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The New Hampshire Grants or Benning Wentworth Grants were land grants made between 1749 and 1764 by the provincial governor of New Hampshire, Benning Wentworth. The land grants, totaling about 135 (including 131 towns), were made on land claimed by New Hampshire west of the Connecticut River, territory that was also claimed by the Province of New York. The resulting dispute led to the eventual establishment of the Vermont Republic, which later became the U.S. state of Vermont.

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According to Wentworth, the border between New Hampshire and New York was ambiguous, especially if he leaned on the dictate from Britain "that the northern boundary of Massachusetts be a similar curve line pursuing the course of the Merrimack River at three miles (5 km) distance on the north side thereof, beginning at the Atlantic Ocean and ending at a point due north of a place called Pautucket Falls, and by a straight line drawn from thence west till it meets his Majesty's other governments." Wentworth took this to mean that New Hampshire's jurisdiction extended as far west as the jurisdiction of Massachusetts extended—in New Hampshire's case this meant a line 20 miles (32 km) east of the Hudson River. New York based its claim on the letters Patent granted the Prince Edward, Duke of York and Albany all of the lands west of the Connecticut River to Delaware Bay.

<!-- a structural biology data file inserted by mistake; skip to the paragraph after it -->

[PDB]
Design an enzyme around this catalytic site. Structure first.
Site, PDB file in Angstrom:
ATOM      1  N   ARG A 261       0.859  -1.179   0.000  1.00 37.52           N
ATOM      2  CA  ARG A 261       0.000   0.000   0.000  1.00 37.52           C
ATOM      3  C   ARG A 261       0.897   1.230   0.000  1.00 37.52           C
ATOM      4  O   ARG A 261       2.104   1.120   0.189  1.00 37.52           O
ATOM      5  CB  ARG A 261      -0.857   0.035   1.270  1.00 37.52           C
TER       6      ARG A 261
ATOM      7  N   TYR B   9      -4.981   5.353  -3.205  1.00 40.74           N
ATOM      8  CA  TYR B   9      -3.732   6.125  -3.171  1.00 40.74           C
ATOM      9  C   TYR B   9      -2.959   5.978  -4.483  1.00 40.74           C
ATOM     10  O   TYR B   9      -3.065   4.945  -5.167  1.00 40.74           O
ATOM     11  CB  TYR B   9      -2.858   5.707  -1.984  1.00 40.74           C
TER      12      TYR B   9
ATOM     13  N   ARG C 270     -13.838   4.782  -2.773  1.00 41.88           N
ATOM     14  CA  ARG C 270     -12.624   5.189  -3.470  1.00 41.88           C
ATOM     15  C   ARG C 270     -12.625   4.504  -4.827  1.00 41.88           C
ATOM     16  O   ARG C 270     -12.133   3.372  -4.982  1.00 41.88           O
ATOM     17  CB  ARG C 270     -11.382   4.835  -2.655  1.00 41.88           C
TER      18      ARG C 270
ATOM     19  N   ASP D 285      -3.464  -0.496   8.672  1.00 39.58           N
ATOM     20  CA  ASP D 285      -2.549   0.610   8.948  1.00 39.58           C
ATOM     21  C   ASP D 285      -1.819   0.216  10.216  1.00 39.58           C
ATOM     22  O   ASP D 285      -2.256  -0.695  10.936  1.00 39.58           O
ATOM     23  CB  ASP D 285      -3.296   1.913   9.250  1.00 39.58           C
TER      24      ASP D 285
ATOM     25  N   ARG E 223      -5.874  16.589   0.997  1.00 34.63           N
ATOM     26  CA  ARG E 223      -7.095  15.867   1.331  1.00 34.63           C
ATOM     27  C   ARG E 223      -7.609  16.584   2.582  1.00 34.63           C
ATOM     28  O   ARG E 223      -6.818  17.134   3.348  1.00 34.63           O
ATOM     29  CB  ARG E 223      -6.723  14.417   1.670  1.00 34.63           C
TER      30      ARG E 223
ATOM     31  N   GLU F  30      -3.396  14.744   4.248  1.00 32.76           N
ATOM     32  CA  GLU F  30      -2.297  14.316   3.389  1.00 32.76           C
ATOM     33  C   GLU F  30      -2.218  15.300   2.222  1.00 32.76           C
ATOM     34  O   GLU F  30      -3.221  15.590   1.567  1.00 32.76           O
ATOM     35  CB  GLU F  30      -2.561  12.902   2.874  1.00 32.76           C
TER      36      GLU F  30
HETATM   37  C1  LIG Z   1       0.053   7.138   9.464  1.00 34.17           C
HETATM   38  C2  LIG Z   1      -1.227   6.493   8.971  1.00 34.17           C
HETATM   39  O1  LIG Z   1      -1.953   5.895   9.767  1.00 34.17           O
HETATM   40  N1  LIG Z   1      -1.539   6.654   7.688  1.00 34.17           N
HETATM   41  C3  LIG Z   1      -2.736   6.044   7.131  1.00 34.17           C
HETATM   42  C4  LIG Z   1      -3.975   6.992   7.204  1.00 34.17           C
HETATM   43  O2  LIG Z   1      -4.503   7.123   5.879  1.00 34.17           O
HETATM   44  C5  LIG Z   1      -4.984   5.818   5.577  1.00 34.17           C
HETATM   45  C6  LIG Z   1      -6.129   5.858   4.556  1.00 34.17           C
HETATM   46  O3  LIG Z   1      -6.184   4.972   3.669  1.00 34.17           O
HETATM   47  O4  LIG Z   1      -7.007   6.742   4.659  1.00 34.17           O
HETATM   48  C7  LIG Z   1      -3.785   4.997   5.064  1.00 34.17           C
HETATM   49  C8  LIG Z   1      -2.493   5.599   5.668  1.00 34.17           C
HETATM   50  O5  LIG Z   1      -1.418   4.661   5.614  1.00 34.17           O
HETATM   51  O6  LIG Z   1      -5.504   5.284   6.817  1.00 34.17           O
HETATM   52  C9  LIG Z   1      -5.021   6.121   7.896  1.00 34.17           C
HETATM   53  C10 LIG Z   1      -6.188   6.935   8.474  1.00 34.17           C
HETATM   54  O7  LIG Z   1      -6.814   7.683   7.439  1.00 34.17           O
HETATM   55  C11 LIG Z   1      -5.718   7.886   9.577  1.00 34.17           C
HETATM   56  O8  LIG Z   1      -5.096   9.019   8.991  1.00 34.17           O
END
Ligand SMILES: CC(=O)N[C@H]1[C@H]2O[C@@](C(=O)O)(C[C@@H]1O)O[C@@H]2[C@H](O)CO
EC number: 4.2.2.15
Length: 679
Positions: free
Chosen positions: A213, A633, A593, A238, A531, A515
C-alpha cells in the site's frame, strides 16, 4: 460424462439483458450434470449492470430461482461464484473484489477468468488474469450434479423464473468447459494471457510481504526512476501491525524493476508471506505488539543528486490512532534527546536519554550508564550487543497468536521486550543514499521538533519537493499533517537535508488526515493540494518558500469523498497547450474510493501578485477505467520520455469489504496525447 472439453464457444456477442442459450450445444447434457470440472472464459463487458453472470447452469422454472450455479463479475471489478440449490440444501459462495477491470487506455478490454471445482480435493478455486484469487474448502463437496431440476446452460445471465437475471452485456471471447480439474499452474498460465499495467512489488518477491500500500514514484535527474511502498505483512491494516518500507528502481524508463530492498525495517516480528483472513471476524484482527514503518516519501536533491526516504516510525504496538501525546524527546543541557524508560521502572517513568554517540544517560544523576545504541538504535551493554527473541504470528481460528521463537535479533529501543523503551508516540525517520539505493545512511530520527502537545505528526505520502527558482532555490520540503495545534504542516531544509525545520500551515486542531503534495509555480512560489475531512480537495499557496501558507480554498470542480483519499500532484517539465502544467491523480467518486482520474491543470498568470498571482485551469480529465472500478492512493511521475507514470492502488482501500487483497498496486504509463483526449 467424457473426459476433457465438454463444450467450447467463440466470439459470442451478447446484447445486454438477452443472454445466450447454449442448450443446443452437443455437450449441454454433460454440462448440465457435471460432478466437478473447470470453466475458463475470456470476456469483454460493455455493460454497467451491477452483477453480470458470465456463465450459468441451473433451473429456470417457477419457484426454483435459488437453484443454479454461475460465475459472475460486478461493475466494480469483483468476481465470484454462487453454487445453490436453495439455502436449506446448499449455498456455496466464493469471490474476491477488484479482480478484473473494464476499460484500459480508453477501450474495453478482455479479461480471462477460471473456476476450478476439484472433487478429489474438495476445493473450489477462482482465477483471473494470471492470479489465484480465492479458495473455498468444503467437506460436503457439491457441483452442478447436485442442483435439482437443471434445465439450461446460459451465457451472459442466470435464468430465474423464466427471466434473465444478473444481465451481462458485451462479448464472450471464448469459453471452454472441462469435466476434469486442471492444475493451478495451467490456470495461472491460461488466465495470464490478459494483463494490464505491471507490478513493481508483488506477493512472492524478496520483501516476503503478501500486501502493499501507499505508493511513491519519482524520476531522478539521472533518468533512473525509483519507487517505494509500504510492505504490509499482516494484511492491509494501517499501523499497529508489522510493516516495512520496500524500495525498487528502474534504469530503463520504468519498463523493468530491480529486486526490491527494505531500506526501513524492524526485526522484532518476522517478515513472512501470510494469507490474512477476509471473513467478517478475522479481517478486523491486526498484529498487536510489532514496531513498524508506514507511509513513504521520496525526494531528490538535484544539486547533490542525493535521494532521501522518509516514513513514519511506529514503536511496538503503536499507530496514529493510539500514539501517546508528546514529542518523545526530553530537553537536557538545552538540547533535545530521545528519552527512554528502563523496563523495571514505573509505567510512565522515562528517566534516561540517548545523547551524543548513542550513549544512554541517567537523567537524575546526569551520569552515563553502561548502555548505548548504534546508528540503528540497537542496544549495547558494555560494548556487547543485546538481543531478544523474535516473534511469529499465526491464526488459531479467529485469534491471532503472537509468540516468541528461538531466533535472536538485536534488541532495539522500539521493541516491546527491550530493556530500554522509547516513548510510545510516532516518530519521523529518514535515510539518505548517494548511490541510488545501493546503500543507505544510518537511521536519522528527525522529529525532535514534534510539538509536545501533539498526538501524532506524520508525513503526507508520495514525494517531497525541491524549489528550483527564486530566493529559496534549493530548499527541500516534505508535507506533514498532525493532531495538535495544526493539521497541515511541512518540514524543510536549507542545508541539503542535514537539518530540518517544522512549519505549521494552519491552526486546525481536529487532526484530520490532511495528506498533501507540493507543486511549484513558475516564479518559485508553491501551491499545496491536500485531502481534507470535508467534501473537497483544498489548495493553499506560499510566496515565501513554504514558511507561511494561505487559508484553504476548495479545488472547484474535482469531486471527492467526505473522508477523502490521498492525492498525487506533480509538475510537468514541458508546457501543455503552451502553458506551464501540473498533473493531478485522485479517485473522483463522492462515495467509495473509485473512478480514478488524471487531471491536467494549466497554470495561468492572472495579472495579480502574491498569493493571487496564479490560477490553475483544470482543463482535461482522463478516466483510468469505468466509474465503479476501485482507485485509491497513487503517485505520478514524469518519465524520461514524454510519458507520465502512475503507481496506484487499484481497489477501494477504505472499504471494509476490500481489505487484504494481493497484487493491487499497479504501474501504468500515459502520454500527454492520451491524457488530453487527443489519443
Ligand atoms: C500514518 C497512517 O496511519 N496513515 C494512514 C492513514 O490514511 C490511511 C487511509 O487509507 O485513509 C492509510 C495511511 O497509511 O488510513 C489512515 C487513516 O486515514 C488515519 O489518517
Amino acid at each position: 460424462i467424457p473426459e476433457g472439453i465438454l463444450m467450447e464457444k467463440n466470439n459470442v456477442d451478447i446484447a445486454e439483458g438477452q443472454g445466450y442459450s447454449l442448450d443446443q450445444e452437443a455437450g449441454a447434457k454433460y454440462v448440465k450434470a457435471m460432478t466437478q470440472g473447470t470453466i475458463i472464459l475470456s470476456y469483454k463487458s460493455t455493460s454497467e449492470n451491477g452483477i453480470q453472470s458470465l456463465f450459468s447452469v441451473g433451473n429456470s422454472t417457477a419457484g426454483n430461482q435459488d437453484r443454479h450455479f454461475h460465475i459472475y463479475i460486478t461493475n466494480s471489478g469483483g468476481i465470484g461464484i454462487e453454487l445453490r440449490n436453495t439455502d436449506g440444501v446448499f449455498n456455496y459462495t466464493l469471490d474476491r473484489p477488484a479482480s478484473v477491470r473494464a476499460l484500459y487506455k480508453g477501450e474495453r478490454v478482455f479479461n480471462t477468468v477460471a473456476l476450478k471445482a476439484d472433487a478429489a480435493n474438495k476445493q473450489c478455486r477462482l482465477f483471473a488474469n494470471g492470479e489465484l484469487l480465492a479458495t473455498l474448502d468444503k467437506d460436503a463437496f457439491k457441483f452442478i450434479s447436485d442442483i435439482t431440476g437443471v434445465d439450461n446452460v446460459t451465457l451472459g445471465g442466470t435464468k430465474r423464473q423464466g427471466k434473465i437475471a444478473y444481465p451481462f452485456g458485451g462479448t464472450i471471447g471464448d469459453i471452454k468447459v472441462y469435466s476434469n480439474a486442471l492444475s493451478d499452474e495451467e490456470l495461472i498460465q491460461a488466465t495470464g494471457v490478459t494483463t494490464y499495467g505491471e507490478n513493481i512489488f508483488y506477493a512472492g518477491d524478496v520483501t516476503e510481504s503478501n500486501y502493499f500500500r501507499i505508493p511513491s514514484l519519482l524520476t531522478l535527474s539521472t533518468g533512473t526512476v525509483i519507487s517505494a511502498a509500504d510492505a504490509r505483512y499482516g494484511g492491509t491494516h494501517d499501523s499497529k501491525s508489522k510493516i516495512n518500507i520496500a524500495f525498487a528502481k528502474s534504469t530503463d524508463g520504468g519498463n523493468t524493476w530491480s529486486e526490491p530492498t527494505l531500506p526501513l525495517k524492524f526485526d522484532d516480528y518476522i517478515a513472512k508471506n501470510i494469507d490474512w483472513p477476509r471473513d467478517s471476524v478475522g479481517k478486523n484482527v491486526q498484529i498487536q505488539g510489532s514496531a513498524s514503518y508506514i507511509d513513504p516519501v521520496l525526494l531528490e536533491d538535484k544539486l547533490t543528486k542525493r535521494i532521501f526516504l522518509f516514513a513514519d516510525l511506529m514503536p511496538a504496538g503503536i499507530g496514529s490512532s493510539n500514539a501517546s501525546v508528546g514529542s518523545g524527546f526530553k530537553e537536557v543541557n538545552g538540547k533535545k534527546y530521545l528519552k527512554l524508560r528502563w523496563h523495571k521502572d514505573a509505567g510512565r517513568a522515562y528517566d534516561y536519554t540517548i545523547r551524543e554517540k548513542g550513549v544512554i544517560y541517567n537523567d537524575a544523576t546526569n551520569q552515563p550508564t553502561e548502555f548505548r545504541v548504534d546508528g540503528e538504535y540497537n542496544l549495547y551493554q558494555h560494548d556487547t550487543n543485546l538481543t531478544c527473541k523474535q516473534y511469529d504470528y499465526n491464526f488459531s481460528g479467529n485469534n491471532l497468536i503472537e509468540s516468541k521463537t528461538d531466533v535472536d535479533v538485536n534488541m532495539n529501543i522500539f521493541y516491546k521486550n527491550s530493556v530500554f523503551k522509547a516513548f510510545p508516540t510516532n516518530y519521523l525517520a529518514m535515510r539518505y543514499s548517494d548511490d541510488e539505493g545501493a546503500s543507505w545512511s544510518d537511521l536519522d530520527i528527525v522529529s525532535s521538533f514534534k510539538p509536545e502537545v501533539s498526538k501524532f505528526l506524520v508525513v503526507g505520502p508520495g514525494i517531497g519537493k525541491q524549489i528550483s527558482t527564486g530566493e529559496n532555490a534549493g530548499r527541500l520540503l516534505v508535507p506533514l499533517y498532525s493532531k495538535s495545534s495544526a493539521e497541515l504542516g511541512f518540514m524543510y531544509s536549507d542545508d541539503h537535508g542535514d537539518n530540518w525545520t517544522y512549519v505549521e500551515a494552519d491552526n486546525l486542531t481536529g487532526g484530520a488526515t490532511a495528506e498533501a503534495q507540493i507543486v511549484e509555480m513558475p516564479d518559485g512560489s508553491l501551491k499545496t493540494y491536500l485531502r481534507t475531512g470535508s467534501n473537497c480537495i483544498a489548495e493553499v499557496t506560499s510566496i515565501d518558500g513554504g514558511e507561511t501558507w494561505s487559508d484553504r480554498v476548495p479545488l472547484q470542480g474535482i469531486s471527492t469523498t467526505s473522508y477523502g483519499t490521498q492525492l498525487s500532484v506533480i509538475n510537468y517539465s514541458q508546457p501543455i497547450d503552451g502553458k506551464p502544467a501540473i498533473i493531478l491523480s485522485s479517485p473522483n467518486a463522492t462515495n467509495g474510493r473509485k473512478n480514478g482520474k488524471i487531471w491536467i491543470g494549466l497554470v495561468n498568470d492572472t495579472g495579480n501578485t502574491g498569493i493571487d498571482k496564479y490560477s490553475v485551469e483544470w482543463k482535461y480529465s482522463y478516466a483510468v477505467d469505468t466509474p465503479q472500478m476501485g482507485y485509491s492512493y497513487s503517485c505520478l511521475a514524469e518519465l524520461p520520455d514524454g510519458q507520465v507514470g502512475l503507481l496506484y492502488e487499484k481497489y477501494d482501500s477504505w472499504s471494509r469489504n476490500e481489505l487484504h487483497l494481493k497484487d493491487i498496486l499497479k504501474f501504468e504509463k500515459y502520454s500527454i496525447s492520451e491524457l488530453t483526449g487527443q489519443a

Wentworth made the first grant, Bennington, a township west of the Connecticut River, on January 3, 1749. Cautioned by New York to cease and desist, Wentworth promised to await the judgment of the king, and refrain from making more grants in the claimed territory until it was rendered, but in November 1753, New York reported that he had continued to grant land in the disputed area. Grants briefly ceased in 1754, because of the French and Indian War, but in 1755 and 1757, Wentworth had a survey made 60 miles (97 km) up the Connecticut River, and 108 grants were made, extending to the line 20 miles (32 km) east of the Hudson, and north to the eastern shore of Lake Champlain.

Arrangement

The grants were usually six miles (9.6 km) square (the standard size of a U.S. survey township, although the Public Land Survey System is not used in Vermont) and cost the grantee(s) £20. The grants were then subdivided amongst the proprietors, and six of the lots were set aside—one for the Society for the Propagation of the Gospel in Foreign Parts (a missionary organization of the Church of England), one for the Church of England itself, one for the first clergyman to settle in the township, one for a school, and two for Wentworth himself. The permanent annual tax on each grant, called a quitrent, was one shilling, paid directly to the king.

Royal adjudication

In September 1762, New York caught New Hampshire surveyors working on the east side of Champlain, provoking the former colony's government to reiterate its claim to the area, citing both its own patent and the New Hampshire letters patent of 1741. In March 1764, Wentworth released a statement to the effect that the resolution of jurisdictional dispute required a royal verdict, which he was certain would be made in his favor. Meanwhile, he encouraged his grantees to settle in the land and to cultivate and develop it.